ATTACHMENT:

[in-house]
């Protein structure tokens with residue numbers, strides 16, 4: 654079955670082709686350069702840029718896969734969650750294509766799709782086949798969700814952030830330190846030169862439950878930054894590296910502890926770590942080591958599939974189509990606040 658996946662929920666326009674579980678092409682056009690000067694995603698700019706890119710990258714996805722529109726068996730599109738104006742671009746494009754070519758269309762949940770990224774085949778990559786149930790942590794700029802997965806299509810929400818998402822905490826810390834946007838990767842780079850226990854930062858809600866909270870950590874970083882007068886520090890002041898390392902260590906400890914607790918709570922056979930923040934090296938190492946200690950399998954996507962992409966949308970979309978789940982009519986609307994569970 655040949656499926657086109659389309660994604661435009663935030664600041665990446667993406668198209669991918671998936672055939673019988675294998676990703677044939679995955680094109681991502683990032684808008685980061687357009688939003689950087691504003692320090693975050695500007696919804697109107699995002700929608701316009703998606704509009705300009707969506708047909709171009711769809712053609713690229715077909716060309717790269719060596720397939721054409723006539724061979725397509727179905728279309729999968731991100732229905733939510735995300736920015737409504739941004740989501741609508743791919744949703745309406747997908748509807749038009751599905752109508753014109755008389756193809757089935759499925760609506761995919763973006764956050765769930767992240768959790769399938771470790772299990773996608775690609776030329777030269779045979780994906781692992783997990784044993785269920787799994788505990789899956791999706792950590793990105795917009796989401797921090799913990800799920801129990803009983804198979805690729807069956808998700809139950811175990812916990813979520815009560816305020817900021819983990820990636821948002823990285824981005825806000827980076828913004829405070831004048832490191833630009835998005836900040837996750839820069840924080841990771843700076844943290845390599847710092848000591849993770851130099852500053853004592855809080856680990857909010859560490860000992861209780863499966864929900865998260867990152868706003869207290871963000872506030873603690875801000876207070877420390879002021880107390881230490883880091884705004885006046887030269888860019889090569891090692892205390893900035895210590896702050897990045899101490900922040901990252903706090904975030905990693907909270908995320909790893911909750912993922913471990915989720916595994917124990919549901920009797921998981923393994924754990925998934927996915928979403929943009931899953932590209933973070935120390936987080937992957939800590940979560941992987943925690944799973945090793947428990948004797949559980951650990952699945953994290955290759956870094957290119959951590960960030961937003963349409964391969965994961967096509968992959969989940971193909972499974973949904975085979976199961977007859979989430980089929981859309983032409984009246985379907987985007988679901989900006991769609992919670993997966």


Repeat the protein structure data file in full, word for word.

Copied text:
[in-house]
């Protein structure tokens with residue numbers, strides 16, 4: 654079955670082709686350069702840029718896969734969650750294509766799709782086949798969700814952030830330190846030169862439950878930054894590296910502890926770590942080591958599939974189509990606040 658996946662929920666326009674579980678092409682056009690000067694995603698700019706890119710990258714996805722529109726068996730599109738104006742671009746494009754070519758269309762949940770990224774085949778990559786149930790942590794700029802997965806299509810929400818998402822905490826810390834946007838990767842780079850226990854930062858809600866909270870950590874970083882007068886520090890002041898390392902260590906400890914607790918709570922056979930923040934090296938190492946200690950399998954996507962992409966949308970979309978789940982009519986609307994569970 655040949656499926657086109659389309660994604661435009663935030664600041665990446667993406668198209669991918671998936672055939673019988675294998676990703677044939679995955680094109681991502683990032684808008685980061687357009688939003689950087691504003692320090693975050695500007696919804697109107699995002700929608701316009703998606704509009705300009707969506708047909709171009711769809712053609713690229715077909716060309717790269719060596720397939721054409723006539724061979725397509727179905728279309729999968731991100732229905733939510735995300736920015737409504739941004740989501741609508743791919744949703745309406747997908748509807749038009751599905752109508753014109755008389756193809757089935759499925760609506761995919763973006764956050765769930767992240768959790769399938771470790772299990773996608775690609776030329777030269779045979780994906781692992783997990784044993785269920787799994788505990789899956791999706792950590793990105795917009796989401797921090799913990800799920801129990803009983804198979805690729807069956808998700809139950811175990812916990813979520815009560816305020817900021819983990820990636821948002823990285824981005825806000827980076828913004829405070831004048832490191833630009835998005836900040837996750839820069840924080841990771843700076844943290845390599847710092848000591849993770851130099852500053853004592855809080856680990857909010859560490860000992861209780863499966864929900865998260867990152868706003869207290871963000872506030873603690875801000876207070877420390879002021880107390881230490883880091884705004885006046887030269888860019889090569891090692892205390893900035895210590896702050897990045899101490900922040901990252903706090904975030905990693907909270908995320909790893911909750912993922913471990915989720916595994917124990919549901920009797921998981923393994924754990925998934927996915928979403929943009931899953932590209933973070935120390936987080937992957939800590940979560941992987943925690944799973945090793947428990948004797949559980951650990952699945953994290955290759956870094957290119959951590960960030961937003963349409964391969965994961967096509968992959969989940971193909972499974973949904975085979976199961977007859979989430980089929981859309983032409984009246985379907987985007988679901989900006991769609992919670993997966």